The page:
Section 19(5) of the School Act states: “If a parent enrolls a student in an alternative program, the board may charge that parent fees for the purpose of defraying all or a portion of any non-instructional costs that:
(a) may be incurred by the board in offering the alternative program, and
(b) are necessary for the delivery of the program, and
(c) are in addition to the costs incurred by the board in providing its regular education program.”
The use of the term non-instructional is somewhat ambiguous, however, examples given of fees to cover noninstructional costs in an alternative program include resources specific to the alternative program, and instructors, clergy, and teachers providing instruction for the alternative portion of the program. We have interpreted non-instructional fees as non-instructional related to the comparable program. This means that instructional costs related to the alternative program can be defrayed through fees.
This means we have the ability to charge fees to cover these extra costs. These are costs associated with our alternative program. We do not charge a Society membership fee; we charge an alternative program fee to cover the additional costs of our program. Without these fees, it would be impossible to continue to deliver our program.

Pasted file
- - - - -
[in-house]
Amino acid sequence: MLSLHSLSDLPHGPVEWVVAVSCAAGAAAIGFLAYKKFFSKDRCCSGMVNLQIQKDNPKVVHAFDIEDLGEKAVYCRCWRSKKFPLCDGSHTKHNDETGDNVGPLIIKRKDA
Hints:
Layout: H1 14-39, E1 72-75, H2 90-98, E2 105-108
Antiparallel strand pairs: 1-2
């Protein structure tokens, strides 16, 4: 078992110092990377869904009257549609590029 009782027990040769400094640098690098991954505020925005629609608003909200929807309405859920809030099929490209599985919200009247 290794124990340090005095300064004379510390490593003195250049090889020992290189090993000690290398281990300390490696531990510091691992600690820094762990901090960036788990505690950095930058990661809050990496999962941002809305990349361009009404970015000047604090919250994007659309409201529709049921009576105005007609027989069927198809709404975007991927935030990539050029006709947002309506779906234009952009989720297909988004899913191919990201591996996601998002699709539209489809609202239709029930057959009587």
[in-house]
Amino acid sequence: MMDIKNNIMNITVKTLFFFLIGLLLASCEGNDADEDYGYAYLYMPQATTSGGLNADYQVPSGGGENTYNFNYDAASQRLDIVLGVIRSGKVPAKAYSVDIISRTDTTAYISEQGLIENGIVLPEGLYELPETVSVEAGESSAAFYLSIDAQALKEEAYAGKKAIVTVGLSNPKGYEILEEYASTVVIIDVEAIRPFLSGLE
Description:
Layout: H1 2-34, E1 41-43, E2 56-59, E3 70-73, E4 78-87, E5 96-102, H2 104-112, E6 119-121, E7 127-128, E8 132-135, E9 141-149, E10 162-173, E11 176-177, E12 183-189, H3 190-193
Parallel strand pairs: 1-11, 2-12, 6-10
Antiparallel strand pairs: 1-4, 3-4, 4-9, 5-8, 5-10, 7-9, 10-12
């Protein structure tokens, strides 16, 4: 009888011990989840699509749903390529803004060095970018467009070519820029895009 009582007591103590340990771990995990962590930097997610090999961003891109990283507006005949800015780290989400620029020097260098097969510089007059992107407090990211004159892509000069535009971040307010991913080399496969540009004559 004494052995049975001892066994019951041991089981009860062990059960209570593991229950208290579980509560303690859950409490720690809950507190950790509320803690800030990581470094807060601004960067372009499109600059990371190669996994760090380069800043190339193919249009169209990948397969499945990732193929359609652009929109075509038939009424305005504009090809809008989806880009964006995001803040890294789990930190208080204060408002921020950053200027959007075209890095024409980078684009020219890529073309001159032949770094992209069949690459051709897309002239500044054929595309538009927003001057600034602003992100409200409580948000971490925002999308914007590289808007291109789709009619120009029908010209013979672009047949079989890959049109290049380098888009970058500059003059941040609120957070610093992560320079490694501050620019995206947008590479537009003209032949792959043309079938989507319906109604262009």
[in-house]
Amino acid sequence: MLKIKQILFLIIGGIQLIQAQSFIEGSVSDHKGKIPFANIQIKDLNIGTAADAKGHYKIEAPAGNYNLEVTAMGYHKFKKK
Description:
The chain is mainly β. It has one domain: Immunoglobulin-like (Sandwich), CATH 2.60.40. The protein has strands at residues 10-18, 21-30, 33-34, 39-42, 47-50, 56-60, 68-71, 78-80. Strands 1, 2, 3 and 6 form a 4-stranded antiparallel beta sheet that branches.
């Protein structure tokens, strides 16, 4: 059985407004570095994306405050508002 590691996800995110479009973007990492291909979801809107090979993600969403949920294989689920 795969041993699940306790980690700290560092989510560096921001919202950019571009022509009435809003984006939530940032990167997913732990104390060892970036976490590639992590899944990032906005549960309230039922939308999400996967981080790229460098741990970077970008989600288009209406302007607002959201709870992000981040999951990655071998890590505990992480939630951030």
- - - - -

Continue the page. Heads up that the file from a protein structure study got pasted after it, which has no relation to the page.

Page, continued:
This is an annual process. Through collaborative discussions with our principal, we review the needs of the school for the upcoming school year. We first ask the principal to optimize the School’s EPSB budget. This means that an annual plan is developed where 95% of EPSB funds are allocated towards staffing, while the other 5% go towards supplies, equipment, and services (SES). For the 2022/2023 school year, due to budget cutbacks, the principal received special permission to use 96% of his budget for staffing.